opment at present. In fact, it is the underutilization of transmission corridors—built to move wind-derived electricity to load centers—that represents an inefficient use of resources. But there is a stopgap approach that several interested parties are exploring to potentially address this underutilization issue. It is “co-siting,” in either of two forms: (1) conventional dispatchable generating resources (natural-gas-fired combustion turbines or combined-cycle plants) paired with renewables; or (2) two or more renewable resources that interact synergistically in terms of transmission needs (e.g., solar power production during the day, wind power at night). Such a development strategy can rationalize the use of transmission resources and serve as an interim mechanism for increasing the value of renewables-generated electricity until advanced storage technologies are technically feasible and economical viable.

DEPLOYMENT SCENARIOS

Scenarios of how renewables might significantly increase their contribution to the electricity system provide a quantitative and conceptual framework to help describe and assess issues related to greatly increasing the scale of renewables deployment. Such scenarios are a primary way of quantifying the materials and manufacturing requirements, human and financial resources, and environmental impacts associated with greatly expanding renewables’ electricity generation. In its report, the Panel on Electricity from Renewable Resources (NAS-NAE-NRC, 2009) considered scenarios recently developed by multiple sources. The scenarios typically incorporate computational models and other quantitative elements in an attempt to integrate environmental, technologic, economic, and deployment-related elements into an internally consistent assessment framework. These scenarios were chosen to represent aggressive but achievable rates of renewables deployment if considerable policy and financial resources were devoted to the effort. Other selection criteria used by the panel in choosing scenarios were whether they were developed with input from multiple stakeholder groups and underwent a peer review process. Thus the scenarios do not represent a simple extrapolation of historical growth rates but rather a more integrated perspective on the conditions needed to greatly scale up renewables deployment.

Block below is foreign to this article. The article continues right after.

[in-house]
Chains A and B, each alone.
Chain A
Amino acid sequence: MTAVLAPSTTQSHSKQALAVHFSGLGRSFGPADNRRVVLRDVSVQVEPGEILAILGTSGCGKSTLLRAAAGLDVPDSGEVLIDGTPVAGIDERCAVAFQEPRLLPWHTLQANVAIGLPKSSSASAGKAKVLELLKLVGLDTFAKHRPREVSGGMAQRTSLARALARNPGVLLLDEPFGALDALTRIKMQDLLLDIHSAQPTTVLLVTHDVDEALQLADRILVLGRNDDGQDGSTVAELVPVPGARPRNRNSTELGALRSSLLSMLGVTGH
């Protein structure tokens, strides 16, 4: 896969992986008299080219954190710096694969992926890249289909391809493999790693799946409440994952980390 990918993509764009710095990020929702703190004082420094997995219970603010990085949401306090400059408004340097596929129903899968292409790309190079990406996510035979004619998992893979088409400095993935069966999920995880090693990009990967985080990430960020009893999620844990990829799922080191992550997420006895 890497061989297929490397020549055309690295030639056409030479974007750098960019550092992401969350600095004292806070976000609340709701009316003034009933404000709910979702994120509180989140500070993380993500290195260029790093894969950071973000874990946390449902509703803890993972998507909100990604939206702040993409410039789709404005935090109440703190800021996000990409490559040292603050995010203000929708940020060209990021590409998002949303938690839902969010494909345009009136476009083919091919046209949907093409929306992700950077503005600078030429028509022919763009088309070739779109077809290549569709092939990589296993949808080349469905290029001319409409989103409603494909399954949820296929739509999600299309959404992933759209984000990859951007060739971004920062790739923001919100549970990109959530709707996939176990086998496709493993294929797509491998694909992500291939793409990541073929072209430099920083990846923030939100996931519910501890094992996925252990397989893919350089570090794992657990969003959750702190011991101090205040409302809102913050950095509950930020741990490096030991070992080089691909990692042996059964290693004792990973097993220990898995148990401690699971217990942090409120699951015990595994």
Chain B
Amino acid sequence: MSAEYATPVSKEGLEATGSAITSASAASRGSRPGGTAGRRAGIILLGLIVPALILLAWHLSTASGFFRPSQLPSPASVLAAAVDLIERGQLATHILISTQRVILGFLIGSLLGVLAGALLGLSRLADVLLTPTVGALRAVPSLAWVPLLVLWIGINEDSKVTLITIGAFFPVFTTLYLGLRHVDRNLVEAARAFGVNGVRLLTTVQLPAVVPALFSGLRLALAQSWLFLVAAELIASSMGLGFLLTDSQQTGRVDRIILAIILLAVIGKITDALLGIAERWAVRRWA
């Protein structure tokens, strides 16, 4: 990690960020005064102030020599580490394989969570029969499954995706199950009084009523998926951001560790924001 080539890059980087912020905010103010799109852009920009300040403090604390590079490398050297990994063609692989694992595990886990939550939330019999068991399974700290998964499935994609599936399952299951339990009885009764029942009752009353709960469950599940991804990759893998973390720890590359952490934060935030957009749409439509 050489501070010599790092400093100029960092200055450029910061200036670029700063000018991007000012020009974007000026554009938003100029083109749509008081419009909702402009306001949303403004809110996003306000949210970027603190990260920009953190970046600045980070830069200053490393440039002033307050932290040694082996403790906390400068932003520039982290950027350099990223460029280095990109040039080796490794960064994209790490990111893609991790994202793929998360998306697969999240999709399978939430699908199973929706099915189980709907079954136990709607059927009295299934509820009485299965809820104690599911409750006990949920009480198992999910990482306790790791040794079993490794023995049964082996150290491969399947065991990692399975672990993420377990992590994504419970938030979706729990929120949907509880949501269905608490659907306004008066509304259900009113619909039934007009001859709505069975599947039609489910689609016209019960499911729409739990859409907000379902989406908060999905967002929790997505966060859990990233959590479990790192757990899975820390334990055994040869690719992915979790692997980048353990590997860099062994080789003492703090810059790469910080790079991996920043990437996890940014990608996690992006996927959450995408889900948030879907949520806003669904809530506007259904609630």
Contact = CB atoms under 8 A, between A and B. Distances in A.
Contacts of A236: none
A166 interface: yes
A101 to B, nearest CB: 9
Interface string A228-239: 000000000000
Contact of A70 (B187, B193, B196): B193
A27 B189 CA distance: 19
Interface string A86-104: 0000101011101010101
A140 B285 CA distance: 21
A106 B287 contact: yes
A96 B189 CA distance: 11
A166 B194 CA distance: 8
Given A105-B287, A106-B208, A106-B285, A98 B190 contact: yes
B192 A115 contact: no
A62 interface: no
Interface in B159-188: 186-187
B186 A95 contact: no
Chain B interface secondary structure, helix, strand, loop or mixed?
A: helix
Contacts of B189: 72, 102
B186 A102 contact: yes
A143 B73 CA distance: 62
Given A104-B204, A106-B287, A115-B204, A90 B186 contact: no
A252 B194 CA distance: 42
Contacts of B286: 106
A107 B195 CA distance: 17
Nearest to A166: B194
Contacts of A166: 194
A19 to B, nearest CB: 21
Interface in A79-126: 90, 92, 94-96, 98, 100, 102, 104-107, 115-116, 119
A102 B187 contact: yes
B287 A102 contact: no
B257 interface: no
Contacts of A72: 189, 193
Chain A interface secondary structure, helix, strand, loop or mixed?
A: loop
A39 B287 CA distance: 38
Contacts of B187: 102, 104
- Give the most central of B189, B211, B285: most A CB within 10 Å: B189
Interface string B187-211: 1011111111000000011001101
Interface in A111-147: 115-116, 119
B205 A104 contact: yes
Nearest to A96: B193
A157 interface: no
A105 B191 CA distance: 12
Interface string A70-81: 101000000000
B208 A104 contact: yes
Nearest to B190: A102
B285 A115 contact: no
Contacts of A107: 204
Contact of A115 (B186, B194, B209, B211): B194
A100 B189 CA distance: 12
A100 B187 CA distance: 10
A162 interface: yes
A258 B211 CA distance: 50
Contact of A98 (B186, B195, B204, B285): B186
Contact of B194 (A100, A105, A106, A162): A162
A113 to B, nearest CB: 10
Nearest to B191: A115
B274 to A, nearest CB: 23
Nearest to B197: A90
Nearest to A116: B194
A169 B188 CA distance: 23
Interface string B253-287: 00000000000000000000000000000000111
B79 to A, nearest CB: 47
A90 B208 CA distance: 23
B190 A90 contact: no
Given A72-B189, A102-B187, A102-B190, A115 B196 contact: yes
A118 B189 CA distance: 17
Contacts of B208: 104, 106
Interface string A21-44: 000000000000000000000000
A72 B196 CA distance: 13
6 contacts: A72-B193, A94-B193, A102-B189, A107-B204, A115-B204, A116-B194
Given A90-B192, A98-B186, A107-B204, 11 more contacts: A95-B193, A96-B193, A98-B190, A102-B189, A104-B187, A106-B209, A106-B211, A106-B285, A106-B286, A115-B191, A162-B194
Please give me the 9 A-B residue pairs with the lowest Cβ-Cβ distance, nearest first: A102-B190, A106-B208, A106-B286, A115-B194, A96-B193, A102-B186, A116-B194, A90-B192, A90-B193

The panel considered two types of scenarios. The first involved increased penetration of a single resource, such as solar or wind. One prominent example is the 20% wind energy study (DOE, 2008a), which is described in more detail



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